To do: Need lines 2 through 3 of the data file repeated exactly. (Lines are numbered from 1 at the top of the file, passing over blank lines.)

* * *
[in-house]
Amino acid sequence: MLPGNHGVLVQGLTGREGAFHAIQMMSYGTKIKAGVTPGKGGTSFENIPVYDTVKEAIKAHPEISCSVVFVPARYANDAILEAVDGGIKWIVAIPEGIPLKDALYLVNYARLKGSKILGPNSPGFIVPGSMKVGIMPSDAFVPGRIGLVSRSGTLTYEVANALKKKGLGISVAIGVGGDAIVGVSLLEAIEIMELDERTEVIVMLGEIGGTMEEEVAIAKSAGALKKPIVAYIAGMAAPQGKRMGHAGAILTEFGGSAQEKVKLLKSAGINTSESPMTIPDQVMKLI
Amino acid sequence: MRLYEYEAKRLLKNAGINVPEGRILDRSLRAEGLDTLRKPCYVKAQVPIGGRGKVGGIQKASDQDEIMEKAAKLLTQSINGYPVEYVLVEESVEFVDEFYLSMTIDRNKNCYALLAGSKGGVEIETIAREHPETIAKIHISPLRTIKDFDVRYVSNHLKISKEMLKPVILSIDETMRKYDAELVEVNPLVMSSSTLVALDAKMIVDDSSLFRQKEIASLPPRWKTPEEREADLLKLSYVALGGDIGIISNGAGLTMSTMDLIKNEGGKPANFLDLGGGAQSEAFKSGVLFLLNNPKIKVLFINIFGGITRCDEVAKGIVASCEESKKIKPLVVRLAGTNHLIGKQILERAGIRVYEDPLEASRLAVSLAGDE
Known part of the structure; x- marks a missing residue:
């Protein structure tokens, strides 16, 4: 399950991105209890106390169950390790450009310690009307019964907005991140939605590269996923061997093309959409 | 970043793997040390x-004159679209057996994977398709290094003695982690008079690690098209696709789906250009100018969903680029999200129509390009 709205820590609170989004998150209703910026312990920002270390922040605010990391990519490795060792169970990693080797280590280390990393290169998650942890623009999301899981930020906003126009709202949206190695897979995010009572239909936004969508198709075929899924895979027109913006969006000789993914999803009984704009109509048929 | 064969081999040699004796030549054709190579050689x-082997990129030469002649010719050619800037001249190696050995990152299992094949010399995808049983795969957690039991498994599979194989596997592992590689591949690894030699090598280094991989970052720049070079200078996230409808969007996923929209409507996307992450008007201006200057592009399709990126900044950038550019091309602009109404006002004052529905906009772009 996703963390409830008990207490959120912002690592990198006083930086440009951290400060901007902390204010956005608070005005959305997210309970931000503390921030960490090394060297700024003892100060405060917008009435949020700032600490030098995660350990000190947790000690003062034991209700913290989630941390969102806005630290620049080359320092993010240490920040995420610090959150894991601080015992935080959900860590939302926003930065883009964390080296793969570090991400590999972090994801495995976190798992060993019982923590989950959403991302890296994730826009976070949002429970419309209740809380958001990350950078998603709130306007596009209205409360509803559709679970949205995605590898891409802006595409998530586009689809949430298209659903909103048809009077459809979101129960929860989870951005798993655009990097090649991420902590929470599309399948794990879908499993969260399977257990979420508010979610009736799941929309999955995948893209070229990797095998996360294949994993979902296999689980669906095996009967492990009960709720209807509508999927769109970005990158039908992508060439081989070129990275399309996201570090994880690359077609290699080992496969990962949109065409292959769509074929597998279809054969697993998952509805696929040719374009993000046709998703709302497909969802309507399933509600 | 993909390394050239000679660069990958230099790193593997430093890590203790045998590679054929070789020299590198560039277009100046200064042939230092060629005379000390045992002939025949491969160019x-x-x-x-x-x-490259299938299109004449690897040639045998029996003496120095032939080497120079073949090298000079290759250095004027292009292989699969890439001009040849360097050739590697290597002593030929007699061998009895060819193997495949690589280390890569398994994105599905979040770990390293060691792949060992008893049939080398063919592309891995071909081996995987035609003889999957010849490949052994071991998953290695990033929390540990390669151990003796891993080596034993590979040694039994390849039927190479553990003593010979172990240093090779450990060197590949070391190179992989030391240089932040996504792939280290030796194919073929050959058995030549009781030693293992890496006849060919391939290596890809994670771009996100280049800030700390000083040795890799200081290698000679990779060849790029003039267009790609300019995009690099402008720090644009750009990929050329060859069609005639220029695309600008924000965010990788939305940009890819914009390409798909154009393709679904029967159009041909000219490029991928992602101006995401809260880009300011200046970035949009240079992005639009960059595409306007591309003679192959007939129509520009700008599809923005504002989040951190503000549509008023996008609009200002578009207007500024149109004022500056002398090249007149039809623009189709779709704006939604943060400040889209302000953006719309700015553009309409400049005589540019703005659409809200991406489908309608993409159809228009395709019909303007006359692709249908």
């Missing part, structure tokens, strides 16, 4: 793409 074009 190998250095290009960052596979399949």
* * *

Amino acid sequence: MLPGNHGVLVQGLTGREGAFHAIQMMSYGTKIKAGVTPGKGGTSFENIPVYDTVKEAIKAHPEISCSVVFVPARYANDAILEAVDGGIKWIVAIPEGIPLKDALYLVNYARLKGSKILGPNSPGFIVPGSMKVGIMPSDAFVPGRIGLVSRSGTLTYEVANALKKKGLGISVAIGVGGDAIVGVSLLEAIEIMELDERTEVIVMLGEIGGTMEEEVAIAKSAGALKKPIVAYIAGMAAPQGKRMGHAGAILTEFGGSAQEKVKLLKSAGINTSESPMTIPDQVMKLI
Amino acid sequence: MRLYEYEAKRLLKNAGINVPEGRILDRSLRAEGLDTLRKPCYVKAQVPIGGRGKVGGIQKASDQDEIMEKAAKLLTQSINGYPVEYVLVEESVEFVDEFYLSMTIDRNKNCYALLAGSKGGVEIETIAREHPETIAKIHISPLRTIKDFDVRYVSNHLKISKEMLKPVILSIDETMRKYDAELVEVNPLVMSSSTLVALDAKMIVDDSSLFRQKEIASLPPRWKTPEEREADLLKLSYVALGGDIGIISNGAGLTMSTMDLIKNEGGKPANFLDLGGGAQSEAFKSGVLFLLNNPKIKVLFINIFGGITRCDEVAKGIVASCEESKKIKPLVVRLAGTNHLIGKQILERAGIRVYEDPLEASRLAVSLAGDE